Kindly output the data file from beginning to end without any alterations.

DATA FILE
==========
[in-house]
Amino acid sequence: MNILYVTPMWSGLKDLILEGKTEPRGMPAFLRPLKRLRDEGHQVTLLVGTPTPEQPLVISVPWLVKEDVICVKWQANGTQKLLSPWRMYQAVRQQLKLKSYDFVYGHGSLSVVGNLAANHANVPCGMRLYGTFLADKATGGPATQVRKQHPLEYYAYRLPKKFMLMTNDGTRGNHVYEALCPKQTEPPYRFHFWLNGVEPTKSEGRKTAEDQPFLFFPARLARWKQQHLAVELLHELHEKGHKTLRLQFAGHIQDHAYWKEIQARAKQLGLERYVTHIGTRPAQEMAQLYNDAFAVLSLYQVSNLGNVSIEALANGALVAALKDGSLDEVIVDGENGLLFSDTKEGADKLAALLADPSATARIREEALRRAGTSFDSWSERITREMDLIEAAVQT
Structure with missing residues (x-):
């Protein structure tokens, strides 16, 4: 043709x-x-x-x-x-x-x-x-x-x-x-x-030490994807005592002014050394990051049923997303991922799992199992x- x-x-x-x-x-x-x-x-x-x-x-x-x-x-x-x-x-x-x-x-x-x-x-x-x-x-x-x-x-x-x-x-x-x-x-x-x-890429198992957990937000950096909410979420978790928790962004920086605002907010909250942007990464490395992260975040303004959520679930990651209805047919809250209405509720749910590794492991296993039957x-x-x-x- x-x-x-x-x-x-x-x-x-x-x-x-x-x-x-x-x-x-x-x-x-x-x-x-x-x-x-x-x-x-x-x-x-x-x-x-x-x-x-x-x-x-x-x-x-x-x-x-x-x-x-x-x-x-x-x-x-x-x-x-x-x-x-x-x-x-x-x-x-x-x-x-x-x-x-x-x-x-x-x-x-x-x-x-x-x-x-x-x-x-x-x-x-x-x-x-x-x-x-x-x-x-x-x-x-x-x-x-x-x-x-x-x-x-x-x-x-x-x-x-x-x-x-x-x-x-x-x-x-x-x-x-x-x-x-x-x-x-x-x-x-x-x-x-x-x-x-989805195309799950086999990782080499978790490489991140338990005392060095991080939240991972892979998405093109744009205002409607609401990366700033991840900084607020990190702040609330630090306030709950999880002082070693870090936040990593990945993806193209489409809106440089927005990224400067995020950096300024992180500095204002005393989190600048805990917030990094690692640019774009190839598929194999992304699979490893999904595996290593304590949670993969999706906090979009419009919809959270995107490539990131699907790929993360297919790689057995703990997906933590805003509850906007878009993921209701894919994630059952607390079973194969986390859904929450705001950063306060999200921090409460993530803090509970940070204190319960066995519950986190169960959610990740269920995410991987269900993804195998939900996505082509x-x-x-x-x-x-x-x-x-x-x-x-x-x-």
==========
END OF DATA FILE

[in-house]
Amino acid sequence: MNILYVTPMWSGLKDLILEGKTEPRGMPAFLRPLKRLRDEGHQVTLLVGTPTPEQPLVISVPWLVKEDVICVKWQANGTQKLLSPWRMYQAVRQQLKLKSYDFVYGHGSLSVVGNLAANHANVPCGMRLYGTFLADKATGGPATQVRKQHPLEYYAYRLPKKFMLMTNDGTRGNHVYEALCPKQTEPPYRFHFWLNGVEPTKSEGRKTAEDQPFLFFPARLARWKQQHLAVELLHELHEKGHKTLRLQFAGHIQDHAYWKEIQARAKQLGLERYVTHIGTRPAQEMAQLYNDAFAVLSLYQVSNLGNVSIEALANGALVAALKDGSLDEVIVDGENGLLFSDTKEGADKLAALLADPSATARIREEALRRAGTSFDSWSERITREMDLIEAAVQT
Structure with missing residues (x-):
């Protein structure tokens, strides 16, 4: 043709x-x-x-x-x-x-x-x-x-x-x-x-030490994807005592002014050394990051049923997303991922799992199992x- x-x-x-x-x-x-x-x-x-x-x-x-x-x-x-x-x-x-x-x-x-x-x-x-x-x-x-x-x-x-x-x-x-x-x-x-x-890429198992957990937000950096909410979420978790928790962004920086605002907010909250942007990464490395992260975040303004959520679930990651209805047919809250209405509720749910590794492991296993039957x-x-x-x- x-x-x-x-x-x-x-x-x-x-x-x-x-x-x-x-x-x-x-x-x-x-x-x-x-x-x-x-x-x-x-x-x-x-x-x-x-x-x-x-x-x-x-x-x-x-x-x-x-x-x-x-x-x-x-x-x-x-x-x-x-x-x-x-x-x-x-x-x-x-x-x-x-x-x-x-x-x-x-x-x-x-x-x-x-x-x-x-x-x-x-x-x-x-x-x-x-x-x-x-x-x-x-x-x-x-x-x-x-x-x-x-x-x-x-x-x-x-x-x-x-x-x-x-x-x-x-x-x-x-x-x-x-x-x-x-x-x-x-x-x-x-x-x-x-x-x-989805195309799950086999990782080499978790490489991140338990005392060095991080939240991972892979998405093109744009205002409607609401990366700033991840900084607020990190702040609330630090306030709950999880002082070693870090936040990593990945993806193209489409809106440089927005990224400067995020950096300024992180500095204002005393989190600048805990917030990094690692640019774009190839598929194999992304699979490893999904595996290593304590949670993969999706906090979009419009919809959270995107490539990131699907790929993360297919790689057995703990997906933590805003509850906007878009993921209701894919994630059952607390079973194969986390859904929450705001950063306060999200921090409460993530803090509970940070204190319960066995519950986190169960959610990740269920995410991987269900993804195998939900996505082509x-x-x-x-x-x-x-x-x-x-x-x-x-x-």